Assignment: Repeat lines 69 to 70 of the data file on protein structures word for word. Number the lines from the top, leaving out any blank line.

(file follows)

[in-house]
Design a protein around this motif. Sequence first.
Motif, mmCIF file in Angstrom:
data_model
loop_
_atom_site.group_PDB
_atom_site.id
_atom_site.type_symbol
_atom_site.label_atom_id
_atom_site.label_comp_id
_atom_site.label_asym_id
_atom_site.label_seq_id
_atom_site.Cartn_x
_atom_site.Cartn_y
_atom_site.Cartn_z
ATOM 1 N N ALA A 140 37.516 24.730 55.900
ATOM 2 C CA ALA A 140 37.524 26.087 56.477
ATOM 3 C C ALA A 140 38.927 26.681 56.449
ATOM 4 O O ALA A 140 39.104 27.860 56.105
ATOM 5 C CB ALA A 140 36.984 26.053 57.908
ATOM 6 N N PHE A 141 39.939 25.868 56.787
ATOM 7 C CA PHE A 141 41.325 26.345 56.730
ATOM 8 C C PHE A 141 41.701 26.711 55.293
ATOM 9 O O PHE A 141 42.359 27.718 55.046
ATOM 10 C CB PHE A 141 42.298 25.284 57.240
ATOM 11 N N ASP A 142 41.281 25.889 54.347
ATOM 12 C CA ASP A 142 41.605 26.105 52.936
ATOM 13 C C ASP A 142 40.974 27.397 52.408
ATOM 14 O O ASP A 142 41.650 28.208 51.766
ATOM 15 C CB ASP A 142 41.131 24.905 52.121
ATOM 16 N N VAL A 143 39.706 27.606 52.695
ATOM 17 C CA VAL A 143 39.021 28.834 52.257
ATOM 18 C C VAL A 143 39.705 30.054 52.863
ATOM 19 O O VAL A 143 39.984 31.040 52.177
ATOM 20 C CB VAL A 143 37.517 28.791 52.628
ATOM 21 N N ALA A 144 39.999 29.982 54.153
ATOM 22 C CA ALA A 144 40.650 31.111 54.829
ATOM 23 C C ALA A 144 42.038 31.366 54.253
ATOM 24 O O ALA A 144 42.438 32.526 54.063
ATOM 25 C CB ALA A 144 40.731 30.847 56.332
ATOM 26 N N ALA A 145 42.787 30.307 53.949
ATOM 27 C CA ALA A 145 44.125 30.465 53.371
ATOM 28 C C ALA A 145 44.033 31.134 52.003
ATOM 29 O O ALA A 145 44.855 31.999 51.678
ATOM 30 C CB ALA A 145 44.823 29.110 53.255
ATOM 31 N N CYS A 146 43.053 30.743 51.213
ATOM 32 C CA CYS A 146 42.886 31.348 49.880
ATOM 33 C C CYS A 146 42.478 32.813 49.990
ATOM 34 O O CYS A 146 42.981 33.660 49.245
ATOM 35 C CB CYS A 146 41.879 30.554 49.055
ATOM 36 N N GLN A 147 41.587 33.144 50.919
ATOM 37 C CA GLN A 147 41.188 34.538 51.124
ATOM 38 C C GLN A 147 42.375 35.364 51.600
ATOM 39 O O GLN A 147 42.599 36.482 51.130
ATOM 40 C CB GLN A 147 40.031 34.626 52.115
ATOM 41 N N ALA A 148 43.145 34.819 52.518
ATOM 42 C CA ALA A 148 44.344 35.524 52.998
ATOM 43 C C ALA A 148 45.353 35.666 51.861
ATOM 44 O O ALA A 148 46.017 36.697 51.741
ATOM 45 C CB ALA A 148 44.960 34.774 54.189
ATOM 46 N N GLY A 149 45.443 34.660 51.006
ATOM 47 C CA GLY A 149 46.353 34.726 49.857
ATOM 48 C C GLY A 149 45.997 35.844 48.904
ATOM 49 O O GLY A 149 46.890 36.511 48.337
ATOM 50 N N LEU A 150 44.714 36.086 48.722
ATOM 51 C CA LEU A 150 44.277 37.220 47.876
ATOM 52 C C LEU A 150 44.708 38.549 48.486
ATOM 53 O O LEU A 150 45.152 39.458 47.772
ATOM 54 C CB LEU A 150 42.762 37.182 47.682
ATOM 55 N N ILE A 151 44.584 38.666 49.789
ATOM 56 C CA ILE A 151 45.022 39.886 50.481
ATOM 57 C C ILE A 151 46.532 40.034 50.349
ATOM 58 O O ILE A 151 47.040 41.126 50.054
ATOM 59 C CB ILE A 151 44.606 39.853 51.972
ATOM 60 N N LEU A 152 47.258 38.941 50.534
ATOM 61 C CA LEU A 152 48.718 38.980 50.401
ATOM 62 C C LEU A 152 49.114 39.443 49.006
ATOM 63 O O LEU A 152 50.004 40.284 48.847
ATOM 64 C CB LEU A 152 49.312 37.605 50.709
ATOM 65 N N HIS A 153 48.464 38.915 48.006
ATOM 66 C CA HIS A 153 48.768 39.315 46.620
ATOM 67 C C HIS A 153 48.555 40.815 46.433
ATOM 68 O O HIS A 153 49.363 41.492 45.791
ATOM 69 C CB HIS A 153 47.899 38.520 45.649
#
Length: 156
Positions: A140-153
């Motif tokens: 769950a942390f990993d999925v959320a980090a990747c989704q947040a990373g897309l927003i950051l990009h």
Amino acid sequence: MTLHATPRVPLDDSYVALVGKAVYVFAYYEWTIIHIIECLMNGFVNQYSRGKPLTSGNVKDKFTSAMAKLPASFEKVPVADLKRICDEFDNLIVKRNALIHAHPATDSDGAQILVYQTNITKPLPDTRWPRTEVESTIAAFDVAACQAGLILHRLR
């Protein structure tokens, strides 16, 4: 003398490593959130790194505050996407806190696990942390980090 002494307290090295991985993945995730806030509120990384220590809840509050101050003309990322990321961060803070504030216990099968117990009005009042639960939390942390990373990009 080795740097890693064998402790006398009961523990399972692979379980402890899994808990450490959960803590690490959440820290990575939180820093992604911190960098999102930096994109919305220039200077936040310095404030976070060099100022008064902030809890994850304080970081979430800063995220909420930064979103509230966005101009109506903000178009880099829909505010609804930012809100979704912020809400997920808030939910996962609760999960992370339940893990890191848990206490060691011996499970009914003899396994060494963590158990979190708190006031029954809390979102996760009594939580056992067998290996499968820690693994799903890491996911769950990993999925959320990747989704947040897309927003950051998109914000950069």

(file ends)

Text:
ATOM 54 C CB LEU A 150 42.762 37.182 47.682
ATOM 55 N N ILE A 151 44.584 38.666 49.789